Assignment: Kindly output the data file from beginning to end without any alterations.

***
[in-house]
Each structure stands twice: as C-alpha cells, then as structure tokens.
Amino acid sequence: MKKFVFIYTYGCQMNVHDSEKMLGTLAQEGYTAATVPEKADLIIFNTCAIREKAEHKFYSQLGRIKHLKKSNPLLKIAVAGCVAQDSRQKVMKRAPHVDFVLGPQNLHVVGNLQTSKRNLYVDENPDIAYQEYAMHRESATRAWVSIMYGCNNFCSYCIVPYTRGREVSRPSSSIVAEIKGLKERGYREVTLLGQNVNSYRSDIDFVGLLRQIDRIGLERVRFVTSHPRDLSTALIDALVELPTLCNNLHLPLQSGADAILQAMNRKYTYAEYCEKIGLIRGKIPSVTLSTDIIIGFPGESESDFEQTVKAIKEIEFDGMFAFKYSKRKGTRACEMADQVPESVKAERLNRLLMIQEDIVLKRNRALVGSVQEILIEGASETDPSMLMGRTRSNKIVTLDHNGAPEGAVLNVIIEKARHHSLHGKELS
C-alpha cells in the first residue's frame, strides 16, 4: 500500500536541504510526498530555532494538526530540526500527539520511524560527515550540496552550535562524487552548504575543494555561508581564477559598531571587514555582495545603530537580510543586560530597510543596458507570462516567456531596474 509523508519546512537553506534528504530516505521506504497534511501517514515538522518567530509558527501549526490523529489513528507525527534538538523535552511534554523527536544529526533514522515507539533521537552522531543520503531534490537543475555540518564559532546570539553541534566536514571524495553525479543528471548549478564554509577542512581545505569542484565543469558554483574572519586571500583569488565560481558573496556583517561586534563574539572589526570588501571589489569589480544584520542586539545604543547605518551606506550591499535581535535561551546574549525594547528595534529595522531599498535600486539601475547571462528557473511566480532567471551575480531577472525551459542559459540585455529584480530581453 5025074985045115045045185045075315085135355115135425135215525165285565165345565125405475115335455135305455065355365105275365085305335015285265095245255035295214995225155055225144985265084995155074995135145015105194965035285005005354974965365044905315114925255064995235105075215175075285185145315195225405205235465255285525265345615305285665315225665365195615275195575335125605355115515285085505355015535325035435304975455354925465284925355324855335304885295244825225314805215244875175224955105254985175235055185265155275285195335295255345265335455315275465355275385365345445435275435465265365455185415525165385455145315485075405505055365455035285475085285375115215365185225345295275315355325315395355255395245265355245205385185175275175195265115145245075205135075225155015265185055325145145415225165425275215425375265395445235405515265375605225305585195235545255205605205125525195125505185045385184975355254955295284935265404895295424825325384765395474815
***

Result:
[in-house]
Each structure stands twice: as C-alpha cells, then as structure tokens.
Amino acid sequence: MKKFVFIYTYGCQMNVHDSEKMLGTLAQEGYTAATVPEKADLIIFNTCAIREKAEHKFYSQLGRIKHLKKSNPLLKIAVAGCVAQDSRQKVMKRAPHVDFVLGPQNLHVVGNLQTSKRNLYVDENPDIAYQEYAMHRESATRAWVSIMYGCNNFCSYCIVPYTRGREVSRPSSSIVAEIKGLKERGYREVTLLGQNVNSYRSDIDFVGLLRQIDRIGLERVRFVTSHPRDLSTALIDALVELPTLCNNLHLPLQSGADAILQAMNRKYTYAEYCEKIGLIRGKIPSVTLSTDIIIGFPGESESDFEQTVKAIKEIEFDGMFAFKYSKRKGTRACEMADQVPESVKAERLNRLLMIQEDIVLKRNRALVGSVQEILIEGASETDPSMLMGRTRSNKIVTLDHNGAPEGAVLNVIIEKARHHSLHGKELS
C-alpha cells in the first residue's frame, strides 16, 4: 500500500536541504510526498530555532494538526530540526500527539520511524560527515550540496552550535562524487552548504575543494555561508581564477559598531571587514555582495545603530537580510543586560530597510543596458507570462516567456531596474 509523508519546512537553506534528504530516505521506504497534511501517514515538522518567530509558527501549526490523529489513528507525527534538538523535552511534554523527536544529526533514522515507539533521537552522531543520503531534490537543475555540518564559532546570539553541534566536514571524495553525479543528471548549478564554509577542512581545505569542484565543469558554483574572519586571500583569488565560481558573496556583517561586534563574539572589526570588501571589489569589480544584520542586539545604543547605518551606506550591499535581535535561551546574549525594547528595534529595522531599498535600486539601475547571462528557473511566480532567471551575480531577472525551459542559459540585455529584480530581453 5025074985045115045045185045075315085135355115135425135215525165285565165345565125405475115335455135305455065355365105275365085305335015285265095245255035295214995225155055225144985265084995155074995135145015105194965035285005005354974965365044905315114925255064995235105075215175075285185145315195225405205235465255285525265345615305285665315225665365195615275195575335125605355115515285085505355015535325035435304975455354925465284925355324855335304885295244825225314805215244875175224955105254985175235055185265155275285195335295255345265335455315275465355275385365345445435275435465265365455185415525165385455145315485075405505055365455035285475085285375115215365185225345295275315355325315395355255395245265355245205385185175275175195265115145245075205135075225155015265185055325145145415225165425275215425375265395445235405515265375605225305585195235545255205605205125525195125505185045385184975355254955295284935265404895295424825325384765395474815